A particularly bedraggled and worn copy of The Stories of John Cheever has been sitting up on my bookshelf for years. The top half of the cloth jacket on its back is missing, the front bottom right corner is chewed off, the spine is stripped down to bare pages at the top, and black strings hang off various spots where the cover is torn. Although some of the stories go back as far as 1949, the book itself was published in 1978, so its seemingly ancient facade is not a product of time but of the low shelf on which it was placed, giving our late dog, Pepper, easy access.
The opening story is Cheever’s oldest, written when he was freshly discharged (honorably) from the army at the end of WWII. In his preface, he admits that he finds his earlier stories proof of his own immaturity and is embarrassed by this documentation, but he writes that the stories are redeemed for him by the memories of the people and places he knew when he wrote them.
One would assume that as a successful and revered writer, he no doubt saw his earlier works as lesser than his later ones, either in terms of skill or their literary value.
My reaction was that his writing was not lacking in any way, but that his narrator was immature, although he was certainly meant to be the sympathetic character in the story.
Every summer the Pommeroy family gathers at the beach house—the cold widowed matron who has strong opinions about everything and everyone, her two older sons with their wives and children, and her recently divorced daughter.
They all seem to come from the same mold except the youngest brother, Lawrence, who has been estranged from his mother for several years but has decided this summer to join the family at the beach house and bring his own wife and children. Everyone else is lively and clever whether they’re swimming or swilling martinis. The more practical Lawrence is portrayed as gloomy and judgemental.
When his mother has too much gin and talks about the improvements she’s planning for the house, Lawrence remarks that anyone who builds a house at the edge of a cliff on a sinking coastline is foolish and that living in one is dangerous. His mother tries to unsuccessfully steer the conversation toward the upcoming dance. When Lawrence warns that they could all be drowned if they stay in that house, his mother responds, “I can’t bear it” and fills her glass with more gin.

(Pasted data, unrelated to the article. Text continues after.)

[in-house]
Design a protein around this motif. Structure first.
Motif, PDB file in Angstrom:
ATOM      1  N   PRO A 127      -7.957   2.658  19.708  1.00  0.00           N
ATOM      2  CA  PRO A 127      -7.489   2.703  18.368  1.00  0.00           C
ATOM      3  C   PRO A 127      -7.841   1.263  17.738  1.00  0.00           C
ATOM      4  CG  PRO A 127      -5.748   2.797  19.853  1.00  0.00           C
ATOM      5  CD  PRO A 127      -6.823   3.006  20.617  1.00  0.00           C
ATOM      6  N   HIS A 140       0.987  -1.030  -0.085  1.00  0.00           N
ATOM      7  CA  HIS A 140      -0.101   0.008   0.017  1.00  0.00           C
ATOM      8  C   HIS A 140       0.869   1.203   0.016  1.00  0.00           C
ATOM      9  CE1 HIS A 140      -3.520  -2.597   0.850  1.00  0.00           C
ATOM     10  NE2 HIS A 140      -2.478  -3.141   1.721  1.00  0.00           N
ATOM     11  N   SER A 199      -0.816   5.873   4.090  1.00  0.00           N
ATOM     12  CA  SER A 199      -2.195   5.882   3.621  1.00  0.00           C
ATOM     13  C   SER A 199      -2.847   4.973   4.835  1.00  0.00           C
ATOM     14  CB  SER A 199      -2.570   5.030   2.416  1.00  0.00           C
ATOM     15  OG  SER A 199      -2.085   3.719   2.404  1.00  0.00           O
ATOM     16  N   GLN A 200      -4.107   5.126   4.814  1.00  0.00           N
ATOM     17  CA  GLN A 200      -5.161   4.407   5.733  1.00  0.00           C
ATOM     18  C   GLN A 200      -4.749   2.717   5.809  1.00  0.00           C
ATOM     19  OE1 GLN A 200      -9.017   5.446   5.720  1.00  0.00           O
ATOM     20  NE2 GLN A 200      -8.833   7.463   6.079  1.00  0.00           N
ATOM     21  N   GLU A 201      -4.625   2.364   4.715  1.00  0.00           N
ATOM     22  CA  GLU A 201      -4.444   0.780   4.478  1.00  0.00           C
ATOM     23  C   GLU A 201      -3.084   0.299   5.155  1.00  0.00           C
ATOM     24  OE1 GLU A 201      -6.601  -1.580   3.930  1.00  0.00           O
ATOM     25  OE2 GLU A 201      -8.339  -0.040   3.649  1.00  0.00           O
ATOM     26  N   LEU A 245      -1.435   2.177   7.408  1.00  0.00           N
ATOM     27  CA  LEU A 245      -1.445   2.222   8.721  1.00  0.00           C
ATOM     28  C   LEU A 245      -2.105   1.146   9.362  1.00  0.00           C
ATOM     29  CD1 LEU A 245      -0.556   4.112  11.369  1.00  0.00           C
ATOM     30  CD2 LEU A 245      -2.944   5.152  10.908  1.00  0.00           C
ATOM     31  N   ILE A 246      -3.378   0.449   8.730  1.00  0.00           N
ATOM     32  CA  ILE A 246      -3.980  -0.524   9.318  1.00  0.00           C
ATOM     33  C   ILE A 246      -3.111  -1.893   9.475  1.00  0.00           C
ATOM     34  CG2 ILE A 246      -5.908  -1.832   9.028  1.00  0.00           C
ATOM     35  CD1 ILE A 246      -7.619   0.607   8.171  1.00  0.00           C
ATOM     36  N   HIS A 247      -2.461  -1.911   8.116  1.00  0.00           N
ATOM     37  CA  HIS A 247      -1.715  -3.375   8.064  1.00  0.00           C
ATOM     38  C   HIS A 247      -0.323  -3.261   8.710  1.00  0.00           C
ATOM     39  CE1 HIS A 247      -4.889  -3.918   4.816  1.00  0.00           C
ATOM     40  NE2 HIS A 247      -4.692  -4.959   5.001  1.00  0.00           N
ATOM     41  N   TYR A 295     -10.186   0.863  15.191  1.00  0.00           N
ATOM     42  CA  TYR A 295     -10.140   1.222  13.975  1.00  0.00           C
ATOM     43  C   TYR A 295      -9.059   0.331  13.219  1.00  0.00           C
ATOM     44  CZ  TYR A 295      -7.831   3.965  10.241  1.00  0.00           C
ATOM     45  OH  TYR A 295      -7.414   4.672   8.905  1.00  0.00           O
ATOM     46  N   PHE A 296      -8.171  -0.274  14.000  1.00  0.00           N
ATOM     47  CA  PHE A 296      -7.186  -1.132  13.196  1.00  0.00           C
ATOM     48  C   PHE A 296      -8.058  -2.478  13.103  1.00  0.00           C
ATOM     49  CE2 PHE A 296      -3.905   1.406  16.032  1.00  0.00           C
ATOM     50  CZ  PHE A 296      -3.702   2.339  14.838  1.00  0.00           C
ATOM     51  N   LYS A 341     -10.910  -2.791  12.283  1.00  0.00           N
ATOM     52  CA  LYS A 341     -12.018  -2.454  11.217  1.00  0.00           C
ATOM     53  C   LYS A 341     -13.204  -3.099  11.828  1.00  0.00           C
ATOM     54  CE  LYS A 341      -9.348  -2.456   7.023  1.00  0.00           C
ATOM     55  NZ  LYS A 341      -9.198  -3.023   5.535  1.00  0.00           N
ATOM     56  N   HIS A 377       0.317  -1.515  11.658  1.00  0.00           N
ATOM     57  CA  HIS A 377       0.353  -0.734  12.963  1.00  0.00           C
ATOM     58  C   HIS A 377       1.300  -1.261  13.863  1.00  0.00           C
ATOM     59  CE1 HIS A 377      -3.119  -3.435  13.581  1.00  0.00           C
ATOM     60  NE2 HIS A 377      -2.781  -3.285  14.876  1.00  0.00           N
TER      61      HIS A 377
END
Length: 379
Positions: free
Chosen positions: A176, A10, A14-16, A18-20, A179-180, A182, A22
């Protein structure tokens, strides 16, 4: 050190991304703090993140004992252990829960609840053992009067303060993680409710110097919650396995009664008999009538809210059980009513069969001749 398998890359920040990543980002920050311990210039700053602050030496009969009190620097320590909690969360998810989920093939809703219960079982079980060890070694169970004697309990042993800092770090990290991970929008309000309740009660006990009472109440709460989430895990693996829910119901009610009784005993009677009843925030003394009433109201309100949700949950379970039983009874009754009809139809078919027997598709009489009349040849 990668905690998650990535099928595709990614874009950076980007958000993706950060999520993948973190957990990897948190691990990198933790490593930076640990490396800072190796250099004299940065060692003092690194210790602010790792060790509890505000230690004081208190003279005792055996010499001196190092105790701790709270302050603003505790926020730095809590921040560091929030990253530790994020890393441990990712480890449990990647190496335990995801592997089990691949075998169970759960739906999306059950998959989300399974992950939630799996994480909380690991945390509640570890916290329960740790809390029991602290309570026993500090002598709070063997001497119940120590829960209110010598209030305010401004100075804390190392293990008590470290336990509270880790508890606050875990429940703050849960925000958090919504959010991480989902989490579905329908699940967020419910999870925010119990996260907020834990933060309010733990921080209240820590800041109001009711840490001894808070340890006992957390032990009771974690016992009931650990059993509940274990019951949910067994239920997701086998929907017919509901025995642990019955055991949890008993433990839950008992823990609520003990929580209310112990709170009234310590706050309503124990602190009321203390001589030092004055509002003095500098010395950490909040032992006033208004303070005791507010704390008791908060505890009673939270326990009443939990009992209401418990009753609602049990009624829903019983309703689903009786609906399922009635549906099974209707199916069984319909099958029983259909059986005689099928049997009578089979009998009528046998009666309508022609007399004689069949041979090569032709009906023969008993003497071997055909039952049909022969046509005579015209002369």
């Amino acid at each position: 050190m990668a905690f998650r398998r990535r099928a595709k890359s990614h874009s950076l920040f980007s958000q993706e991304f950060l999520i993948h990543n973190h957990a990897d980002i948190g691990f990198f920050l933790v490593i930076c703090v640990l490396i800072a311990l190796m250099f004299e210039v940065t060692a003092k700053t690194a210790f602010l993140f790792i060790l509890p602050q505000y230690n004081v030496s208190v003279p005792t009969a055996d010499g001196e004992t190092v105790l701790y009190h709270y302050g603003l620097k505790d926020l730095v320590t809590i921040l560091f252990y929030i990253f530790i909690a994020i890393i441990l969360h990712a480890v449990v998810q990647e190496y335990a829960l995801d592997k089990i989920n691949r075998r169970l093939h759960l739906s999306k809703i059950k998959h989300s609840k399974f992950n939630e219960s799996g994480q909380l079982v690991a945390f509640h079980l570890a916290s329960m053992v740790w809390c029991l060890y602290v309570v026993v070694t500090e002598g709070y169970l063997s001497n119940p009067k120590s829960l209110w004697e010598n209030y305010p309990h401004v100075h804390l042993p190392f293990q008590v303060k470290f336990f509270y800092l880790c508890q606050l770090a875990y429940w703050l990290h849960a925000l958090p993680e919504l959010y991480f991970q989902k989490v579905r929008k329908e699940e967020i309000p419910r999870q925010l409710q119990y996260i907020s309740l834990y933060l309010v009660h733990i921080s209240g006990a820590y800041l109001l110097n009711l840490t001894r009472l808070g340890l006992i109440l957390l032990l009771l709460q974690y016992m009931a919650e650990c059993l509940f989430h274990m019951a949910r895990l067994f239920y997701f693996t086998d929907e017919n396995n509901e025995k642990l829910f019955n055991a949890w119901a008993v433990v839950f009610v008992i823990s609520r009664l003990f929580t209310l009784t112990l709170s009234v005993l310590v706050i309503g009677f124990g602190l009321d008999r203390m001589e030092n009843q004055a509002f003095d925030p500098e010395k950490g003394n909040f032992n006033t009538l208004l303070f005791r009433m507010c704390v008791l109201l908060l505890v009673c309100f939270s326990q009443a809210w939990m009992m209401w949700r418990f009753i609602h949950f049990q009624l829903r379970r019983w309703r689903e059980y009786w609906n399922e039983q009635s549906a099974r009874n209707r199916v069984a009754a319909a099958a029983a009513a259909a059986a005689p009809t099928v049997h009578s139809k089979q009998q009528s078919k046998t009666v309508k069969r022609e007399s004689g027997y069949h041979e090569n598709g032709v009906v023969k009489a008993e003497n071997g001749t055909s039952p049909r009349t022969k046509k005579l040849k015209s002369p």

Okay, Lawrence may be a bit of a wet blanket, but the man has a point. The rest of the Pommeroys seem to be in a state of denial, never speaking of their dead father or the crumbling sea wall that protects the house from high water. Their life is playing high-stakes backgammon, preparing for boat-house dances, and going for a swim the moment a conversation turns too serious.
I may a pragmatist, but I see Lawrence as the sane one. However, as I continue reading, I begin to feel vaguely uncomfortable, suspecting that the young John Cheever wanted us as readers to relate to the older brothers, who drank cocktails, went boating, and went by nicknames like Chaddy.
So it surprised me when the narrator not only wallops his little brother in the back of the head after an argument, but upon seeing the blood flow from his head, wishes his brother were dead “and about to be buried, not buried but about to be buried, because [he] did not want to be denied ceremony and decorum in putting him away.”
When I finish the story, it occurs to me that perhaps Cheever has played a trick on me. By viewing Lawrence through his older brother’s eyes, the reader is led down a trail blazed by the seemingly reliable narrator who has this idea of who his brother is, and so we believe him.
But after the narrator walks away from his bleeding brother on the beach, he casually decides to go for a swim. Is this the moment that Cheever planned all along—a sudden revelation that we as readers have been duped by an unreliable narrator dressed in swim trunks rather than sheep’s clothing?
Was this the equivalent of a literary practical joke, penned by an admittedly immature writer?
No, I think in the end it’s just a story imitating life, where people are rarely villains or saints but somewhere in between. And isn’t each one of us at the core an unreliable narrator?